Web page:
The toddler who takes the book, goes to their parent, and holds it out in that “read to me” gesture? They’ve told me volumes about their experience with books and their trust that their parent will take them up into their lap and share the book with them — and they want them to do that.

The 4-year-old who holds the book upside-down, backwards, and closed the entire visit, without the curiosity to explore? I’m more concerned about their early literacy skills and how they may fare in preschool and kindergarten.

The five-year-old who jumps off the exam table, runs over, grabs the book from me, turns pages excitedly, and exclaims? I’ve just observed directly gross and fine motor skills, language, vision, and aspects of home environment in mere seconds — all part of the developmental surveillance Bright Futures tells us to do.

Early literacy promotion is an excellent use of my precious time in an exam room. There’s a remarkable body of evidence revealing the tangible effects of early reading, ranging from observational studies of parent-child interaction to MRI scans showing differences in brain activation. Because it’s possible to do so much around early literacy promotion, it is a multifaceted intervention with broad scope and reach.

Embedding books in pediatric practice
Of course, it takes training and practice to promote early literacy in the most clinically sound way. That’s why, in roughly 6,000 clinics through the country, the Reach Out and Read program helps pediatricians use books as primary care tools, offering training and technical assistance to ensure early literacy promotion is done in a manner consistent with the strong evidence base we have. Seventeen scholarly-journal-published, peer-reviewed articles speak to the power of the model—including improved language scores and book sharing in low-income populations.

Other pediatric literacy initiatives include the AAP’s Brush, Book, and Bed program. The academy’s Council on Early Childhood (COEC) Early Literacy Subcommittee has several working groups focused on various aspects of early literacy work, including booklist creation, funding advocacy, research, and more. COEC is also working to revise and update its landmark policy statement on literacy promotion.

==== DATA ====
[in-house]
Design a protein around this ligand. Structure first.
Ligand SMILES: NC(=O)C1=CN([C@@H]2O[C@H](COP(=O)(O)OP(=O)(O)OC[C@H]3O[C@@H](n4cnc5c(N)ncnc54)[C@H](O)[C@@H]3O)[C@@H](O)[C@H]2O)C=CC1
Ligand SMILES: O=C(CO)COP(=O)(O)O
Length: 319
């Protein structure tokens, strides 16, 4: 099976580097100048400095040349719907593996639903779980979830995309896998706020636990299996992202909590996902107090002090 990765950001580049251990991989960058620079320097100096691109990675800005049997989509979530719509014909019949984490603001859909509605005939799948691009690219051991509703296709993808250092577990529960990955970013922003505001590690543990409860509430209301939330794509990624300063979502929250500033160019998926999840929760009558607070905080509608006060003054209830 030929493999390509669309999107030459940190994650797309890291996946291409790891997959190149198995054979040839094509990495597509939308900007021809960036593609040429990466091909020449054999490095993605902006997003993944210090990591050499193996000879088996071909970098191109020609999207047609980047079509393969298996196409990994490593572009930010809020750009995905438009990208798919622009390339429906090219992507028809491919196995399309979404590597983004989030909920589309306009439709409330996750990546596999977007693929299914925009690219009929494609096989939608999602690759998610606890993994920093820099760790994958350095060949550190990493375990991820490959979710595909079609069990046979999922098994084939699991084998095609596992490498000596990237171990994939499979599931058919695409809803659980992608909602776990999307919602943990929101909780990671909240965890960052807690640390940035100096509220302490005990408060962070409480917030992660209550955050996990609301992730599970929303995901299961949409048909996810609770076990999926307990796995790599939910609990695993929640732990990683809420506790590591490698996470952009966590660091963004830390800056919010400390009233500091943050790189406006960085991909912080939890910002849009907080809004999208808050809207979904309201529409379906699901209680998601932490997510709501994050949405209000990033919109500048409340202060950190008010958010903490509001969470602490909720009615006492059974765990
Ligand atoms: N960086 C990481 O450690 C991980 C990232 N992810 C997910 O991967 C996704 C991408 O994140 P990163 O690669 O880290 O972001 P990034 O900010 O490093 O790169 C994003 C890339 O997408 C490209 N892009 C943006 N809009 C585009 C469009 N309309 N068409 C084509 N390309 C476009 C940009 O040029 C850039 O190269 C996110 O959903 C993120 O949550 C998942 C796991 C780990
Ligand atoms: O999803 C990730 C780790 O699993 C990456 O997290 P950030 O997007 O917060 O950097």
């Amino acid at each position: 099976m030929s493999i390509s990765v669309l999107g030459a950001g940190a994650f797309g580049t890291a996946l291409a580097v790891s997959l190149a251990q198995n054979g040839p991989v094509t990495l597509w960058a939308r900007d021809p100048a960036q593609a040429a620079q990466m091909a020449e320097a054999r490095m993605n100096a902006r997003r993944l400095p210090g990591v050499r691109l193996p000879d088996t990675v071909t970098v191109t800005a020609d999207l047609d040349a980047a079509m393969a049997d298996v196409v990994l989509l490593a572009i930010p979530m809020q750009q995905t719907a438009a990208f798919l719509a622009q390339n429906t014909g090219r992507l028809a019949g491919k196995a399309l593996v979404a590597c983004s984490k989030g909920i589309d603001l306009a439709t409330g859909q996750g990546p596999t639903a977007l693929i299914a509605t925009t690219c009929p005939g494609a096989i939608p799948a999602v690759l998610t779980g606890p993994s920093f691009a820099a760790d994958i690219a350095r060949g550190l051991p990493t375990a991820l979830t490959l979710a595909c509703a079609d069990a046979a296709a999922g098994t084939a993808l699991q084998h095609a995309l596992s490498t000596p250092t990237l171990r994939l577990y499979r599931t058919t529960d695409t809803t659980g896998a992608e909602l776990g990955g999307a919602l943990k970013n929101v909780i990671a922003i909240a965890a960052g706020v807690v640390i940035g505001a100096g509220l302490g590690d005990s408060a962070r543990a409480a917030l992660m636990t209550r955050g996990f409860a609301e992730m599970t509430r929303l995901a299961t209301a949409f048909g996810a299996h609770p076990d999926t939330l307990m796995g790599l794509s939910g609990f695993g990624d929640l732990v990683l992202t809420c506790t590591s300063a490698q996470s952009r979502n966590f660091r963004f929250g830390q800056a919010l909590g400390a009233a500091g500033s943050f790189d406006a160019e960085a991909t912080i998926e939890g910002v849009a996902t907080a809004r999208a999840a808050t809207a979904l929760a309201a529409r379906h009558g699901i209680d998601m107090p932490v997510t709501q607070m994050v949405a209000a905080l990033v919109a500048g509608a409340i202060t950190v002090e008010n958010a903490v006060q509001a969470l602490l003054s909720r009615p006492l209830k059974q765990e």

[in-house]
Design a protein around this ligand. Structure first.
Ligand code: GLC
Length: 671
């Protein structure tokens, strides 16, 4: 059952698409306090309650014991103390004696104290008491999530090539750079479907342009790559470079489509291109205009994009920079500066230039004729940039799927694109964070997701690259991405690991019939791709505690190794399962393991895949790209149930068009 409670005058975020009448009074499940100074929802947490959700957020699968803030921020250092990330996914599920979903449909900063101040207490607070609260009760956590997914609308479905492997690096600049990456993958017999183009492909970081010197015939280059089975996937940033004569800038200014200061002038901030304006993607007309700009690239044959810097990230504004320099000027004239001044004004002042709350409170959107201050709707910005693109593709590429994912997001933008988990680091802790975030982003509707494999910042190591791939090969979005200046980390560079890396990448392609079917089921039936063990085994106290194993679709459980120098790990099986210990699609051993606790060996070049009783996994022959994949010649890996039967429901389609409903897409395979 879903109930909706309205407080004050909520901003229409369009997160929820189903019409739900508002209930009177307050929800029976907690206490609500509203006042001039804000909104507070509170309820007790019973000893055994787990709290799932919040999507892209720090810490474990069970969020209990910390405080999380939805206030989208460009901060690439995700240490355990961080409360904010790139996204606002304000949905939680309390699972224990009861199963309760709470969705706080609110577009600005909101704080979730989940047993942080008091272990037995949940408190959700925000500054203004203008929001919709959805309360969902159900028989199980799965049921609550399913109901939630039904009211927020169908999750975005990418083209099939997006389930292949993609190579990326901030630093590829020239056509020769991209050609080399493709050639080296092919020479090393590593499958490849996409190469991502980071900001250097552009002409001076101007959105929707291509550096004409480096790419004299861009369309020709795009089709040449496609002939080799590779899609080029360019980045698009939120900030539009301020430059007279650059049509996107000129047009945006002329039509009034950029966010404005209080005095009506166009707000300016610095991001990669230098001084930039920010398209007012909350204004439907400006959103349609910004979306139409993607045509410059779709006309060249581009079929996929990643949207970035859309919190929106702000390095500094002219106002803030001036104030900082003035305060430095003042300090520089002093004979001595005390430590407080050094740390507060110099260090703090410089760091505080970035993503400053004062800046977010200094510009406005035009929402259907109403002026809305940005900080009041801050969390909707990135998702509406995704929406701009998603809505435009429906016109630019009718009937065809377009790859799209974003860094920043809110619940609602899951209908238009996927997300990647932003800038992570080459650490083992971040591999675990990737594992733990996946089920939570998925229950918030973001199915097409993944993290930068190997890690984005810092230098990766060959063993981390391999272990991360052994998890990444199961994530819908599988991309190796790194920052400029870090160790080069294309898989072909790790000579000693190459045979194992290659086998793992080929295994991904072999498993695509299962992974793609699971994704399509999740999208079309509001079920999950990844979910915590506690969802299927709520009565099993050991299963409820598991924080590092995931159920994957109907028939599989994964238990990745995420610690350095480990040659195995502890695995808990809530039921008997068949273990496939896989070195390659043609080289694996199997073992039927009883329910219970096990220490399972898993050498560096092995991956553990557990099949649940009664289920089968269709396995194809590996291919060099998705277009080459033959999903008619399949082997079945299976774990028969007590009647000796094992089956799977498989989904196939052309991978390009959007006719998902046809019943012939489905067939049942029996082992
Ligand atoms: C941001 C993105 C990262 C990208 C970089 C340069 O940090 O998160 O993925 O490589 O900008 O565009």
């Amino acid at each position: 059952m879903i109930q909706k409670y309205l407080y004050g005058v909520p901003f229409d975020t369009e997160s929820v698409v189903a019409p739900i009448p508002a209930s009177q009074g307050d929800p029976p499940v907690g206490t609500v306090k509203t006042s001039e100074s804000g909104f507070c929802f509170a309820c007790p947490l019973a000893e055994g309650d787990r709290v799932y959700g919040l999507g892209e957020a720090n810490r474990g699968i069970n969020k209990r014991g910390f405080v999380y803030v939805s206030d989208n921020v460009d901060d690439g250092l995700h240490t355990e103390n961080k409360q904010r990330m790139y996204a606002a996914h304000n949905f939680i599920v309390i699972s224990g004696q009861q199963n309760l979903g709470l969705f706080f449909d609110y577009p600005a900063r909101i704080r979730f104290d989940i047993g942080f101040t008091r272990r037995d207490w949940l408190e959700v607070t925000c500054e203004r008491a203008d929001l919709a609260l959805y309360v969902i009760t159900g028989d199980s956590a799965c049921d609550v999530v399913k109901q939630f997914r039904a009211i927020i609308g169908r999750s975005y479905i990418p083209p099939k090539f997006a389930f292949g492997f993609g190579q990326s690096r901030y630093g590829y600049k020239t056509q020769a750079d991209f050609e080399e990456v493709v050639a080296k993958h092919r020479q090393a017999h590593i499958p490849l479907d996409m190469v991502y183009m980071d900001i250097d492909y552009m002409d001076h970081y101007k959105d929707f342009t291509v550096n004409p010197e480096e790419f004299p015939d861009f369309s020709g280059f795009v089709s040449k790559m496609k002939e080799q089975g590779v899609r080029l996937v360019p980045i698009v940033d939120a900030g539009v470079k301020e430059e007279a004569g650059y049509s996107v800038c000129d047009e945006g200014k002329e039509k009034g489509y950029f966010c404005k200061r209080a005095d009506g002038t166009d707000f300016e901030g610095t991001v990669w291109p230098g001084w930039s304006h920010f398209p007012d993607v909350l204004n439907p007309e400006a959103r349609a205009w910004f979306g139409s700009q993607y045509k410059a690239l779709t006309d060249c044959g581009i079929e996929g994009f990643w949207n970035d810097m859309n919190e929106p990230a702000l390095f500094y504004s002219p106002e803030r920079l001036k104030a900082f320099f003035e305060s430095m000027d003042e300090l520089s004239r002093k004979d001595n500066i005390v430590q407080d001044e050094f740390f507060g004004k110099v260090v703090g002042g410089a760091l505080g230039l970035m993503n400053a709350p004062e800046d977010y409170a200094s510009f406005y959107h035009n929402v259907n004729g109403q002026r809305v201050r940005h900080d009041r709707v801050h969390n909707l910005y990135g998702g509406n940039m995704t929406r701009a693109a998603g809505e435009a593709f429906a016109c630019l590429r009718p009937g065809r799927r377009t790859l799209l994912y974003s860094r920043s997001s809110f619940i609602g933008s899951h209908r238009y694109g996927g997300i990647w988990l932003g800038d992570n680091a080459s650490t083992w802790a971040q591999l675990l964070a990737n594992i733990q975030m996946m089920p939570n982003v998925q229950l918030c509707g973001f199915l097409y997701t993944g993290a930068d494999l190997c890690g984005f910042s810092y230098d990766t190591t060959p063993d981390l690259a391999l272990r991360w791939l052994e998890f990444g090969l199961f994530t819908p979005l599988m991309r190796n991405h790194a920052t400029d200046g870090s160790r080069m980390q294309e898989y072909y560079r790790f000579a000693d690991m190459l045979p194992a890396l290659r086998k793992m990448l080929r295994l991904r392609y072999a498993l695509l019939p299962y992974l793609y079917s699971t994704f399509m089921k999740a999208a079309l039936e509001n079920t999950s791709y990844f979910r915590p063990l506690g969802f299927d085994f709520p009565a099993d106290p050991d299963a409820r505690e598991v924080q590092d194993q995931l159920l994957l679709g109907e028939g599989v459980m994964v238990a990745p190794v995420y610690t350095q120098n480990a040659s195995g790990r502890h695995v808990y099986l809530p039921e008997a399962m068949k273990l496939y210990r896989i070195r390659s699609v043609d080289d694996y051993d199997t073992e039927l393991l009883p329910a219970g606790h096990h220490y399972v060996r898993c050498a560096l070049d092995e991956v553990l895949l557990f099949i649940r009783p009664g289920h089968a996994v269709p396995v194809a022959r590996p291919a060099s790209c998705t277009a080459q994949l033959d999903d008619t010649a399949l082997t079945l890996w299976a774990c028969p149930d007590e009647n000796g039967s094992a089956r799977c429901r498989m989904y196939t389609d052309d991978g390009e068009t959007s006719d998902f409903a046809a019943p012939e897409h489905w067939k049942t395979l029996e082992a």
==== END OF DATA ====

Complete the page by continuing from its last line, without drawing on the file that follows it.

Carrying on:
Families are often surprised and delighted to discuss shared reading. One parent asked me why her previous doctors had never talked with her about it, because she felt it got to the heart of what she wanted and needed in checkups. Another parent, who was trying to teach his infant daughter letters via YouTube videos, happily accepted my praise of how much he cared about her brain development. He readily followed my advice that book-sharing would be more effective than videos.

By encouraging shared book reading with carefully targeted coaching, modeling, and reinforcement, we can help parents feel that sense of accomplishment, irrespective of their education, background, or socioeconomic status. (I’m a pediatrician…and even I like being told I’m getting it right with my kids.)

Of all the responses I’ve received walking into an exam room with book in hand, asking if the family reads together, this is my favorite: “Yes, because you told us to!”


* The views expressed in this article are those of the author, and not necessarily those of the American Academy of Pediatrics.


About the Author

Dipesh Navsaria, MPH, MSLIS, MD, FAAP, is President of the Wisconsin Chapter of the American Academy of Pediatrics (AAP) and Co-Chair of the Early Literacy Subcommittee of the AAP Council on Early Childhood. He is also founding medical director of Reach Out and Read Wisconsin, and Vice-Chair of the Board for Reach Out and Read National Center. An associate professor of pediatrics at the University of Wisconsin School of Medicine and Public Health, Dr. Navsaria practices pediatrics at UW Health.